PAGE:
Participants in the hardest bicycle races in the world, such as the Race Across America (4800 km), the Race Around Austria (2200 km and 30,000 meters difference in altitude) or Cape Epic in South Africa (700 km, 14,500 m difference in altitude and almost insurmountable terrain), should not only prepare their bodies optimally, but also adjust their sports equipment. Scientists of Karlsruhe Institute of Technology (KIT) have now developed a measurement system by means of which cyclists can adapt their sitting position exactly to their physical conditions.
"Our bike scanner uses a laser to measure both the athlete and racing bike. Then, a self-developed software calculates the optimum sitting position," Marian Hoffmann of the BioMotion Center of KIT's Institute of Sports and Sport Science (ISS) says. "In this way, overloading or inappropriate straining of the knees and the lower back in particular are avoided and energy consumption can be optimized," the sports scientist explains.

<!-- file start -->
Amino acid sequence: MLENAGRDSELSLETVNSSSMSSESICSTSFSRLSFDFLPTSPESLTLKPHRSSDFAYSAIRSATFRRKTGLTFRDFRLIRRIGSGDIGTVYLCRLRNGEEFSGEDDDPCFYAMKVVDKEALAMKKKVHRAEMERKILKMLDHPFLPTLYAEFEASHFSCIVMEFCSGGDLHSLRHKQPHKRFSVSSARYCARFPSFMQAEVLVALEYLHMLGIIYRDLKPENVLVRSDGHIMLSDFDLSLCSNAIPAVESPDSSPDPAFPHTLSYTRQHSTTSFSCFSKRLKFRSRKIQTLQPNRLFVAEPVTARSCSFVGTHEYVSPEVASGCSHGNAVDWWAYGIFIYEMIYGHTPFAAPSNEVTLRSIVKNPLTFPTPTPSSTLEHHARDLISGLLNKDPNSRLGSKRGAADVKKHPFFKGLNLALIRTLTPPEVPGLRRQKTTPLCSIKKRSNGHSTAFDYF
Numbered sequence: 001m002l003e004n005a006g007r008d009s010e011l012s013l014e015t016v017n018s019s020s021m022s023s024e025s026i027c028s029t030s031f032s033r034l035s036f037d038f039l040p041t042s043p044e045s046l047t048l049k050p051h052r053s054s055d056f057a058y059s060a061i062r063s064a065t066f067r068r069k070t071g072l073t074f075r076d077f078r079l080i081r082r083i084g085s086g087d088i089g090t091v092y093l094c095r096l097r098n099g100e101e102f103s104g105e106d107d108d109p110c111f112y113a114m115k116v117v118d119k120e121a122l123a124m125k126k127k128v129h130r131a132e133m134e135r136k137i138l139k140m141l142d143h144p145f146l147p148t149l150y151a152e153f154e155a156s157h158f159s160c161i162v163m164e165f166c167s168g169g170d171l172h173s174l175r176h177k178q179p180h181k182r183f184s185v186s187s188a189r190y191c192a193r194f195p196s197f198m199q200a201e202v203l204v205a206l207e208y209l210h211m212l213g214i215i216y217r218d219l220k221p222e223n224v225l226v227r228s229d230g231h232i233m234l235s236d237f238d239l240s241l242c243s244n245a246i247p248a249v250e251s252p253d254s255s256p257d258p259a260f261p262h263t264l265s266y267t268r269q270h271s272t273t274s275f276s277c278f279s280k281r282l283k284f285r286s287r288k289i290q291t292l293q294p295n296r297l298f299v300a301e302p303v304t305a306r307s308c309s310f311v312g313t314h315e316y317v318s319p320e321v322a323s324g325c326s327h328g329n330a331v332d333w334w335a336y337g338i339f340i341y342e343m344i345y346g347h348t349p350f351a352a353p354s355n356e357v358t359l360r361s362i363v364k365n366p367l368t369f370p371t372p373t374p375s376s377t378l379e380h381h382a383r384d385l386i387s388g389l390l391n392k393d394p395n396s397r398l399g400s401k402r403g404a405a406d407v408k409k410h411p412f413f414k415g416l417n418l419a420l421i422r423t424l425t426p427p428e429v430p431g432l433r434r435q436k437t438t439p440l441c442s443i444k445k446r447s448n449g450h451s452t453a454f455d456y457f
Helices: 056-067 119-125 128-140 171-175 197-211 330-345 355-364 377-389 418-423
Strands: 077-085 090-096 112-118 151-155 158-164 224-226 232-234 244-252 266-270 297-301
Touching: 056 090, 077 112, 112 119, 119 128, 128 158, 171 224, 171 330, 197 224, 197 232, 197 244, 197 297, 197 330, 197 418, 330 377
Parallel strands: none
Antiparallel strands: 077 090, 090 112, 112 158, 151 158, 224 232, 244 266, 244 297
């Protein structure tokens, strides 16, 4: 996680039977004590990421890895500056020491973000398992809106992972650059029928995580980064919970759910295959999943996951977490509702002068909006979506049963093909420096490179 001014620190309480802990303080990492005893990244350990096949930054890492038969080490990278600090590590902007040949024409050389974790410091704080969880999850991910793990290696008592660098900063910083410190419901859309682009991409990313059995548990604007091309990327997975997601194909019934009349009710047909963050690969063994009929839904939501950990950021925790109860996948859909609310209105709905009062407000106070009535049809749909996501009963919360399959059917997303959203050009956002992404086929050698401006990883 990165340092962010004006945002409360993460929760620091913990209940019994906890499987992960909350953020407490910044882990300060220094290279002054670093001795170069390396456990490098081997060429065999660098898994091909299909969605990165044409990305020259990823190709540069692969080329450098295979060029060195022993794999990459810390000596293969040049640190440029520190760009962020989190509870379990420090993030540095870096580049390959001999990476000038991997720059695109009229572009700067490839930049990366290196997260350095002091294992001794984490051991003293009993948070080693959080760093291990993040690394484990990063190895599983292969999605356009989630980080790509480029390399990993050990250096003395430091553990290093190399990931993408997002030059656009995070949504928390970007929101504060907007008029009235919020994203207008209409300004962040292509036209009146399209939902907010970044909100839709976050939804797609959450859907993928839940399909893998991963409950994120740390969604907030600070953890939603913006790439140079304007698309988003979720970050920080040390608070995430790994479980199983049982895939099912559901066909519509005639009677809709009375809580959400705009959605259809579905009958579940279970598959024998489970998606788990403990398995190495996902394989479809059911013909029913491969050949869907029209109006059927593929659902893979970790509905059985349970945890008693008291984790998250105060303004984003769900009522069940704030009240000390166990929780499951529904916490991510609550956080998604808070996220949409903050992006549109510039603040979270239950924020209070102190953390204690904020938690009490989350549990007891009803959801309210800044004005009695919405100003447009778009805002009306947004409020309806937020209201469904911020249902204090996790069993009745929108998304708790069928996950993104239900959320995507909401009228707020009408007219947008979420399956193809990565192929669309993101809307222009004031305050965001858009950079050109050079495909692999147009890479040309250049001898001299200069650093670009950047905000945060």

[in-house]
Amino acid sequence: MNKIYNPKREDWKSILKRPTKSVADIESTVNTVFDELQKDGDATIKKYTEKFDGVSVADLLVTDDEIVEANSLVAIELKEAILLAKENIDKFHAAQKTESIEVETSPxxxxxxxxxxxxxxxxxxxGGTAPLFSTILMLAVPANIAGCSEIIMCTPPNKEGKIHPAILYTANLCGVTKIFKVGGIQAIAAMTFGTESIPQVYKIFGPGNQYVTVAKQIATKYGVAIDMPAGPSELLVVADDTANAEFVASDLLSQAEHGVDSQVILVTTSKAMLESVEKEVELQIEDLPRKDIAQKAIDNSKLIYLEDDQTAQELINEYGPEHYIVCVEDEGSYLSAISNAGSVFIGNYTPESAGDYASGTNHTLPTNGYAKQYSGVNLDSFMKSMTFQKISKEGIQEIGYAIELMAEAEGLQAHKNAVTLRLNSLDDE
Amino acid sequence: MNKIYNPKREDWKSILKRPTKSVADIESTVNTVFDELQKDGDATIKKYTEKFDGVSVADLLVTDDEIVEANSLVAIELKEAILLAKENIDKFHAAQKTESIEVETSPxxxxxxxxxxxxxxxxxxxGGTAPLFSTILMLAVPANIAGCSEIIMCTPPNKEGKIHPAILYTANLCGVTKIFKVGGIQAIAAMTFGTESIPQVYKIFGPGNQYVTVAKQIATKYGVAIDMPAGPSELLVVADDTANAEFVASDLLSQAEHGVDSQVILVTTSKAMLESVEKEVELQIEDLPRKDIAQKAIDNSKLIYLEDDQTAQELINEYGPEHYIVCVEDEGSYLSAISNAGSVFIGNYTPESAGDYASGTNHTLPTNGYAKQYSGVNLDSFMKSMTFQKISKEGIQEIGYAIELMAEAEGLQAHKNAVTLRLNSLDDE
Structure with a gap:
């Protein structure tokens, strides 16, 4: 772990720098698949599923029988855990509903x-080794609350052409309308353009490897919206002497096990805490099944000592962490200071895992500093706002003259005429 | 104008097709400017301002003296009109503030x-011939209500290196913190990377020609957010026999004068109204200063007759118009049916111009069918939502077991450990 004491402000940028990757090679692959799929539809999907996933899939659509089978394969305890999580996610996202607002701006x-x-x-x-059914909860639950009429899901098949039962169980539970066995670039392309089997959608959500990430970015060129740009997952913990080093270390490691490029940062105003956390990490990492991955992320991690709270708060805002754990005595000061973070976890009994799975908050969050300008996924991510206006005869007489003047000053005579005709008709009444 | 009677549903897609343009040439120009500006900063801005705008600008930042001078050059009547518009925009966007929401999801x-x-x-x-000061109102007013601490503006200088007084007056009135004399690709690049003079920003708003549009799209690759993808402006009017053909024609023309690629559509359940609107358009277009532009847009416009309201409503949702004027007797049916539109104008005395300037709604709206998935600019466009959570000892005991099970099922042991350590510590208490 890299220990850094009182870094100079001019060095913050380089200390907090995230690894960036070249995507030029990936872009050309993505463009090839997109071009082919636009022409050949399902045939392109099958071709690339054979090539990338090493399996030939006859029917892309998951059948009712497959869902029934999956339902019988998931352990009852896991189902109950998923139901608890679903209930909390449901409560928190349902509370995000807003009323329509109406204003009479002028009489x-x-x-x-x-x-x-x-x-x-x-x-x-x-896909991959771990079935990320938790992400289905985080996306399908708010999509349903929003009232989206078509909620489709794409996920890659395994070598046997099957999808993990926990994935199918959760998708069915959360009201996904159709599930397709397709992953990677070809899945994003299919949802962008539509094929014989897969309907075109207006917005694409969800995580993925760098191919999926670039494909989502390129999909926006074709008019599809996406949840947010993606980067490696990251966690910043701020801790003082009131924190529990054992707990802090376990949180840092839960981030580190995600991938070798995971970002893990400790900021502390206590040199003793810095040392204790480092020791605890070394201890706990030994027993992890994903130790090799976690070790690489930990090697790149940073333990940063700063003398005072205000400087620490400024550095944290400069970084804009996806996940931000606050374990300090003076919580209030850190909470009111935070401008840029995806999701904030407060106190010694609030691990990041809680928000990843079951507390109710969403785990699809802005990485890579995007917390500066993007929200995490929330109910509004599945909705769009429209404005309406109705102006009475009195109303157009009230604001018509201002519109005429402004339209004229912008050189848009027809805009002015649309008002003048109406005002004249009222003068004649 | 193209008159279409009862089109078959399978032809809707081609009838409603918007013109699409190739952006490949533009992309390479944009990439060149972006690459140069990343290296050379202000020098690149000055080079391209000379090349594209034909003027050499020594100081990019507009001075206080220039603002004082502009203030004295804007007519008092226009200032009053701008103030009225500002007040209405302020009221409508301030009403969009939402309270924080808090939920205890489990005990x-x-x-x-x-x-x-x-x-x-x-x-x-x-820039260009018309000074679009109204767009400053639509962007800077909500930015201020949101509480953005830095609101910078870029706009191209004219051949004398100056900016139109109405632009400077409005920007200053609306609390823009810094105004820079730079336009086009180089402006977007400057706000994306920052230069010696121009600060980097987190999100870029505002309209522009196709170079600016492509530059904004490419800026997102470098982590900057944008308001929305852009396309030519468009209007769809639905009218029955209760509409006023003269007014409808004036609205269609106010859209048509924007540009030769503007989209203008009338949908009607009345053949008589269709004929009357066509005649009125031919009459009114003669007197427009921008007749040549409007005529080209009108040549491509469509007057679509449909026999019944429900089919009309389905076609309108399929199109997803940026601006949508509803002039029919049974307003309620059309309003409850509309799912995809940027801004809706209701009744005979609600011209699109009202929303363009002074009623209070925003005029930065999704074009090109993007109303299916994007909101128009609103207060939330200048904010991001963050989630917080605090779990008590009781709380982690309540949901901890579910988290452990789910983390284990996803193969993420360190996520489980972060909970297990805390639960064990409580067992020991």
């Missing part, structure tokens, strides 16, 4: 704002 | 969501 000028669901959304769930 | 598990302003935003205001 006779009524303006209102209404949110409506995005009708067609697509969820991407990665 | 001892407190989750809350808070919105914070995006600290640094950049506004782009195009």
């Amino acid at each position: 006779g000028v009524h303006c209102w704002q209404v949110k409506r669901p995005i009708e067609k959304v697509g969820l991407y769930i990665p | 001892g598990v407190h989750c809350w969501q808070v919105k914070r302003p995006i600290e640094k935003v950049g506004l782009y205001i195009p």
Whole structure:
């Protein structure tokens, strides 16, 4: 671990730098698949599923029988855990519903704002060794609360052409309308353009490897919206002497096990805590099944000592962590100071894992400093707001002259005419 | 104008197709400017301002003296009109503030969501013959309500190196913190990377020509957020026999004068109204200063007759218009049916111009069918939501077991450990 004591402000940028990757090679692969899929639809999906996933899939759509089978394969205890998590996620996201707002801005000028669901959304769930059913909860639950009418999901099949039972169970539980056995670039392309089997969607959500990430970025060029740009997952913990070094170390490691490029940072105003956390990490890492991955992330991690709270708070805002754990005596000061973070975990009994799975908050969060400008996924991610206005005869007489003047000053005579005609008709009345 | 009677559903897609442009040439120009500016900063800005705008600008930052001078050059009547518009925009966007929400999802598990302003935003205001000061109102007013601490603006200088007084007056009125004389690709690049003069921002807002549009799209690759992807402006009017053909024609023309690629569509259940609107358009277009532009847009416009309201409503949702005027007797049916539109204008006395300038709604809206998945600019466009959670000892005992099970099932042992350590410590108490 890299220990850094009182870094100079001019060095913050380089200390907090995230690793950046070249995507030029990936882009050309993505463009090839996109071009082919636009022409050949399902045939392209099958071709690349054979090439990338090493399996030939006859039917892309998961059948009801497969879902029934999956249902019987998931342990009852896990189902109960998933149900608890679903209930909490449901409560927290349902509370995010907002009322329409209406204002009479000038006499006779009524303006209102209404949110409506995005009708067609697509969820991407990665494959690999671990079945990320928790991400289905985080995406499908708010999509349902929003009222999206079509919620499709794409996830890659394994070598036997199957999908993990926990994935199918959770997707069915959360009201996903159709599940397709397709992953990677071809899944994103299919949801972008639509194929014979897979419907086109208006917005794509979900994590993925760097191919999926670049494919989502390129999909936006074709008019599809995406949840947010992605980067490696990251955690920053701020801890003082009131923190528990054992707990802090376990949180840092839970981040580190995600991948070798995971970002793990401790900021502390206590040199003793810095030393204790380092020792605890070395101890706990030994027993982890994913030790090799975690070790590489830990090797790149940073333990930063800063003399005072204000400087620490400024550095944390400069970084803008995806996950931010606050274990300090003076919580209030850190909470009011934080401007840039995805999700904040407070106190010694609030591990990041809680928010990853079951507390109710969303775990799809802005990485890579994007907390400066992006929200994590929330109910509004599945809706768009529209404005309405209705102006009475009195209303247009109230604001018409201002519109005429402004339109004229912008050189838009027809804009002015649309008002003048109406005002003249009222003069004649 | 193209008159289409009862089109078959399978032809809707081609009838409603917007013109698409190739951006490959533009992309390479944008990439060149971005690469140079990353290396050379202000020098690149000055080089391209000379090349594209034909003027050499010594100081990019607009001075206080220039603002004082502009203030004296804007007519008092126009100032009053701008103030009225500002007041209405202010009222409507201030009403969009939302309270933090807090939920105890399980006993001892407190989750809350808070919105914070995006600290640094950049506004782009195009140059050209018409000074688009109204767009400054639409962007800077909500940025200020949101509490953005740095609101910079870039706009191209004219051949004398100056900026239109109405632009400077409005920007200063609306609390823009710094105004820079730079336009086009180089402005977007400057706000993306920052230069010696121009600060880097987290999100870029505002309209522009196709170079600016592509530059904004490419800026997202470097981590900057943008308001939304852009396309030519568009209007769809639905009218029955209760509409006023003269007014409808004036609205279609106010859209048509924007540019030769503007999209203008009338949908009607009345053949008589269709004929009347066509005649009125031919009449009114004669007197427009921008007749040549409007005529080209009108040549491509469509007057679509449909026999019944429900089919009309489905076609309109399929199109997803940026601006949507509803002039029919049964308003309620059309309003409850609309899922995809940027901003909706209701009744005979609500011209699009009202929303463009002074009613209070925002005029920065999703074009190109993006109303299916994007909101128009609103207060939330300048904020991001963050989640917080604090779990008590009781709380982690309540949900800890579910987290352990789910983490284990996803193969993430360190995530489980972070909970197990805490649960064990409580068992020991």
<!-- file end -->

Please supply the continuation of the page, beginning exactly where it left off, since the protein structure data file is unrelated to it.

The hardware, a type of over-dimensioned bicycle stand, was built by Bernd Hermann, who is responsible for the development and construction of measurement equipment at the BioMotion Center. This stand allows for the precise measurement of the athlete's body and the racing bike. Measurements are made at anthropometric points of the locomotive system and at relevant points of the bike. Then, the measured data are processed by a self-developed software. On the basis of biomechanical model calculations, the most favorable sitting height and the best possible distance between saddle and handle bar are determined. "This yields the optimum individual sitting position of the cyclist," Hoffmann says.
Accompanying studies by students of sports science with active racing cyclists revealed that this optimization of the settings is successful, Hoffmann reports. However, the bike scanner is not only useful for competitive athletes. The researchers of KIT plan to apply the system to other bicycle types, such as mountain bikes or city bikes.
The bicycle was invented 200 years ago. With the original version, a walking machine without pedal, its inventor Karl Drais, who lived in Karlsruhe, (1785 to 1851), went from Mannheim to Schwetzingen, i.e. 14 km, within one hour on June 12, 1817. Individual adjustment of the handle bar and saddle height, however, was impossible at that time.
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